1. bunkerbill, there is a bit of a non-sequitur in your argument. Yes, the ISS is a bloated, but a large part of that is because it was designed by Gov’t space programs to host PEOPLE. Satellites actually need very little maintenance, and its increasingly likely that such maintenance will be done remotely with robotics.

  19. Over/Under on Chrysler getting into the space business?

    1. Nope.

      It will be Boeing, McDonnell-Douglas, Morton-Thiokil and other ‘private’ companies already on the government tit.

  20. Morton-Thiokil

    Jeepers; you kill one lousy schoolteacher, and you’re branded for life.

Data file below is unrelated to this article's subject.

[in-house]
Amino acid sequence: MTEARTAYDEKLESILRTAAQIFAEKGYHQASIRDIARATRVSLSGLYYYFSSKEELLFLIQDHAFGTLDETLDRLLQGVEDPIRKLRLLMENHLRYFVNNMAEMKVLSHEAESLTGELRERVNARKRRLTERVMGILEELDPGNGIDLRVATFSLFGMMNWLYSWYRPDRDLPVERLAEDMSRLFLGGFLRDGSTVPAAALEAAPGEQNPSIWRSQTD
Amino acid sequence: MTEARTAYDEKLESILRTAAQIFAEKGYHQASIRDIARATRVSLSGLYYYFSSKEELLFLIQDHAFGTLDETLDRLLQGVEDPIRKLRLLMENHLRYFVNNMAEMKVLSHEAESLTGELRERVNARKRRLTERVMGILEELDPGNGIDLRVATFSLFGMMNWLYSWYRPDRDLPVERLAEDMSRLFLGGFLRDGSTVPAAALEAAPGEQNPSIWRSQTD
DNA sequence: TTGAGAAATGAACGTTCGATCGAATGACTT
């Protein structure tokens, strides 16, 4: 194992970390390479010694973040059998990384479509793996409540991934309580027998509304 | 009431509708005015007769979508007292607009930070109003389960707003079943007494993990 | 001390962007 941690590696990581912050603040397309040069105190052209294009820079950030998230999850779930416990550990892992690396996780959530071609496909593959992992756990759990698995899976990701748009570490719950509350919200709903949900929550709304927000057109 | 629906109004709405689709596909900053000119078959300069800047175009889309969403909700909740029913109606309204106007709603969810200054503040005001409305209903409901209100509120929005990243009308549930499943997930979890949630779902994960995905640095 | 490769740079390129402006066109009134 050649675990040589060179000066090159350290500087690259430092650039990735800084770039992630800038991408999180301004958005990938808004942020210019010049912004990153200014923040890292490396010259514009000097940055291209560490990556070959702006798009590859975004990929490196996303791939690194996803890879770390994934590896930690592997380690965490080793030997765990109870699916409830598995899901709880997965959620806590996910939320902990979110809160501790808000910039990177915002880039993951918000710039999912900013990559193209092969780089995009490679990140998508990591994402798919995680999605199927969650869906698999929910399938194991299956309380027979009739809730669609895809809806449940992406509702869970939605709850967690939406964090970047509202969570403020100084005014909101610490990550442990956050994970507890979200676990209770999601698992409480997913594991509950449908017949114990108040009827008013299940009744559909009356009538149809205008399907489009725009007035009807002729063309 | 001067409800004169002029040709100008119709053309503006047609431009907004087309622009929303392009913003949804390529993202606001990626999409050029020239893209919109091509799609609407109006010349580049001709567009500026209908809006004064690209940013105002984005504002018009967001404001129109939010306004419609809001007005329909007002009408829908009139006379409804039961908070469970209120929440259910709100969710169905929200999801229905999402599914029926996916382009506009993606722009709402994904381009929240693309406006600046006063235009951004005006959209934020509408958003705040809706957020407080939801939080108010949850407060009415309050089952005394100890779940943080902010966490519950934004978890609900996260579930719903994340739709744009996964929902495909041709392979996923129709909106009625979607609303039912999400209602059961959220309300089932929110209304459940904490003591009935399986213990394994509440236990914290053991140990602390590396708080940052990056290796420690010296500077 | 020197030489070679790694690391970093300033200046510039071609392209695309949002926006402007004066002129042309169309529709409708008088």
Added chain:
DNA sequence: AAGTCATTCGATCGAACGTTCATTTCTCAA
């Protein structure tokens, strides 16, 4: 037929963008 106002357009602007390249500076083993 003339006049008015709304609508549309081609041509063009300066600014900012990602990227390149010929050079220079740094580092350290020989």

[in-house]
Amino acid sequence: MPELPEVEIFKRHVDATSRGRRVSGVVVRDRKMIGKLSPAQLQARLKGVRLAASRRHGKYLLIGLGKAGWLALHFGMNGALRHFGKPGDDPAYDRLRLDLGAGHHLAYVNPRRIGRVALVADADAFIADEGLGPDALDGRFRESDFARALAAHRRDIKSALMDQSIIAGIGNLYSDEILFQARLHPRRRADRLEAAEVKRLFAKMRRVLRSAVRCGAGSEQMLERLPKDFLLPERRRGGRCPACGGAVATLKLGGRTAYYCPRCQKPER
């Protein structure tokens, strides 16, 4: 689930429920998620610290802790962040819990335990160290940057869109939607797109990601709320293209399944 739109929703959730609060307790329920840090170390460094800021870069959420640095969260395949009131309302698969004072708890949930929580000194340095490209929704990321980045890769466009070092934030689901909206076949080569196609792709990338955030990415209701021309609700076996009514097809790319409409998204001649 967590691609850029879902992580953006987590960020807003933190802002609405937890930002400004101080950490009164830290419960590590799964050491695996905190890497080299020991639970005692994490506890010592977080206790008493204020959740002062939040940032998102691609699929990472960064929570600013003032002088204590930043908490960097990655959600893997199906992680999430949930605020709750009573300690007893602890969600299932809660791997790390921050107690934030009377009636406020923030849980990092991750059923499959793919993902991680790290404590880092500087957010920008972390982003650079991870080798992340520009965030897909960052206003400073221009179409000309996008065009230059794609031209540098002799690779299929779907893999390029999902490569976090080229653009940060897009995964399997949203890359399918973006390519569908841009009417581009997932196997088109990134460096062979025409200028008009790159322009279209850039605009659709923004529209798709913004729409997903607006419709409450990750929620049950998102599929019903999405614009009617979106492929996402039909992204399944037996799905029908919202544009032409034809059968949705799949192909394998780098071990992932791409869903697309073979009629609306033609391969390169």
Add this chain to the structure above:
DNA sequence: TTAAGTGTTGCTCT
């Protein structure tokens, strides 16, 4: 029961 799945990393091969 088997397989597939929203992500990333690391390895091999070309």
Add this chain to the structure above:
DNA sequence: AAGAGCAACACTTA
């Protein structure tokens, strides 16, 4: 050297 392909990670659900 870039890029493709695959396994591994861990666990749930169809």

21. Since there’s no chance that I’ll get to keep the money, I’d rather the government blow it on cool, unnecessary spaceship boondoggles then sucky, counterproductive social service boondoggles.


    UN climate change panel based claims on student dissertation and magazine article

    Be nice if someone in the US would ever cover this.

    1. in the US.

      I suspect the folks here at Reason were taking this news as a given.

  23. First off, can somebody explain to me about how a bunch of welfare queen contractors taking taxpayer dollars (at gunpoint, the threat of which is behind all tax collections) at guaranteed rates, irrespective of success, and completely not beholden to market forces whatsoever….is the “free market”? What the hell is free market of government contractors? By definition, they’re the antithesis of market competitors.

    Secondly, if the goal of NASA is pure research and exploration, then how why the hell would any business be interested in that? That is almost manifestly a public endeavor.